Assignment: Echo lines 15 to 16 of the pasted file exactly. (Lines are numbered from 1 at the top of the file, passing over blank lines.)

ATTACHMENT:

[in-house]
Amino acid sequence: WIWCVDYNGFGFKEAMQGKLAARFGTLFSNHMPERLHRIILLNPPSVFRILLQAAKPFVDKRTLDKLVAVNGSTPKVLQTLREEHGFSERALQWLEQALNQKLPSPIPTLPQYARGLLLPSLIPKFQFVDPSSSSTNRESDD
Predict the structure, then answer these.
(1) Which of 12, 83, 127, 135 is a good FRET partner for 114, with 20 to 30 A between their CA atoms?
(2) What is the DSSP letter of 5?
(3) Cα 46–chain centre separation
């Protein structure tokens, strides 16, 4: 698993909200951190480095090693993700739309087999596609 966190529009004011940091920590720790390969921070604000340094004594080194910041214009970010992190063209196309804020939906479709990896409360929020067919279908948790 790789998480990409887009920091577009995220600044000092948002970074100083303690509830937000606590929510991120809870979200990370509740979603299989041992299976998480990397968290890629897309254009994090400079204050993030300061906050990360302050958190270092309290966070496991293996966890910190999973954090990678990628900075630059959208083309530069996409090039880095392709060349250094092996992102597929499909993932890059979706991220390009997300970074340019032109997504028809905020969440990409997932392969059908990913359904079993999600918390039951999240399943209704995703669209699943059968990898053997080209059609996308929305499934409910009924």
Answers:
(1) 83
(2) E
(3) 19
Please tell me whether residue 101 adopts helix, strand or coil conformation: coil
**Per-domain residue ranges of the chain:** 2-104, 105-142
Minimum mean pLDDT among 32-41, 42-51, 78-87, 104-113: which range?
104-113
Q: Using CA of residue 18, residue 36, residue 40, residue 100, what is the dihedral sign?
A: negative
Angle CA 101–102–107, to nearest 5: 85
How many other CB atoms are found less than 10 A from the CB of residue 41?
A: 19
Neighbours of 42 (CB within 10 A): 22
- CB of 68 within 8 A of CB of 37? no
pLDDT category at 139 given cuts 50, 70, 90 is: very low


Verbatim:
104-113
Q: Using CA of residue 18, residue 36, residue 40, residue 100, what is the dihedral sign?